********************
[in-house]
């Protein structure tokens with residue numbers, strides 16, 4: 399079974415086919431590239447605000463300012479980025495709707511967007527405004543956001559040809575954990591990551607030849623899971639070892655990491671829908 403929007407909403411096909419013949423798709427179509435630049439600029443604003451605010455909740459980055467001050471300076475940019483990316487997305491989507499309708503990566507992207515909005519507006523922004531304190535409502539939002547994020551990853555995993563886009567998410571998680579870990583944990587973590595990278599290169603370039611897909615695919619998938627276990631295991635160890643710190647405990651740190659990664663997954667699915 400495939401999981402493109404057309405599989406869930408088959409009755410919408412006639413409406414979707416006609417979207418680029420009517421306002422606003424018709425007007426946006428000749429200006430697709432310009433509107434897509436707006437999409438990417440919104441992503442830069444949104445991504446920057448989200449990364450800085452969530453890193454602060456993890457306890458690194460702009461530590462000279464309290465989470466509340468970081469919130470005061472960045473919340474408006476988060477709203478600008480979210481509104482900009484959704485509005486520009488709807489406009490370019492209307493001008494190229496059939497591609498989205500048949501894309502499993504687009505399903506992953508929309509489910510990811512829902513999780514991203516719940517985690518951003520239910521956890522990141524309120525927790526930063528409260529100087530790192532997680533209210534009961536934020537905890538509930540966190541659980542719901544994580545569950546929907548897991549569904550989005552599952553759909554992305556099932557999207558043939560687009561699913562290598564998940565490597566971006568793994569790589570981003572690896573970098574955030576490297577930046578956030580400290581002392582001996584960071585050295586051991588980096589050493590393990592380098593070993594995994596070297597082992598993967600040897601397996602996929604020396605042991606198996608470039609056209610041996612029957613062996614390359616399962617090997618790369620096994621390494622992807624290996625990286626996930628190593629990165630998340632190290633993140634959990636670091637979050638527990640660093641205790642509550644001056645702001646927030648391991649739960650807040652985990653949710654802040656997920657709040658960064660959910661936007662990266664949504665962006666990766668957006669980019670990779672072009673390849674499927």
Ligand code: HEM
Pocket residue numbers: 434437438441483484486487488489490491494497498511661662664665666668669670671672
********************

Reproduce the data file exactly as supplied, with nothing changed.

[in-house]
């Protein structure tokens with residue numbers, strides 16, 4: 399079974415086919431590239447605000463300012479980025495709707511967007527405004543956001559040809575954990591990551607030849623899971639070892655990491671829908 403929007407909403411096909419013949423798709427179509435630049439600029443604003451605010455909740459980055467001050471300076475940019483990316487997305491989507499309708503990566507992207515909005519507006523922004531304190535409502539939002547994020551990853555995993563886009567998410571998680579870990583944990587973590595990278599290169603370039611897909615695919619998938627276990631295991635160890643710190647405990651740190659990664663997954667699915 400495939401999981402493109404057309405599989406869930408088959409009755410919408412006639413409406414979707416006609417979207418680029420009517421306002422606003424018709425007007426946006428000749429200006430697709432310009433509107434897509436707006437999409438990417440919104441992503442830069444949104445991504446920057448989200449990364450800085452969530453890193454602060456993890457306890458690194460702009461530590462000279464309290465989470466509340468970081469919130470005061472960045473919340474408006476988060477709203478600008480979210481509104482900009484959704485509005486520009488709807489406009490370019492209307493001008494190229496059939497591609498989205500048949501894309502499993504687009505399903506992953508929309509489910510990811512829902513999780514991203516719940517985690518951003520239910521956890522990141524309120525927790526930063528409260529100087530790192532997680533209210534009961536934020537905890538509930540966190541659980542719901544994580545569950546929907548897991549569904550989005552599952553759909554992305556099932557999207558043939560687009561699913562290598564998940565490597566971006568793994569790589570981003572690896573970098574955030576490297577930046578956030580400290581002392582001996584960071585050295586051991588980096589050493590393990592380098593070993594995994596070297597082992598993967600040897601397996602996929604020396605042991606198996608470039609056209610041996612029957613062996614390359616399962617090997618790369620096994621390494622992807624290996625990286626996930628190593629990165630998340632190290633993140634959990636670091637979050638527990640660093641205790642509550644001056645702001646927030648391991649739960650807040652985990653949710654802040656997920657709040658960064660959910661936007662990266664949504665962006666990766668957006669980019670990779672072009673390849674499927």
Ligand code: HEM
Pocket residue numbers: 434437438441483484486487488489490491494497498511661662664665666668669670671672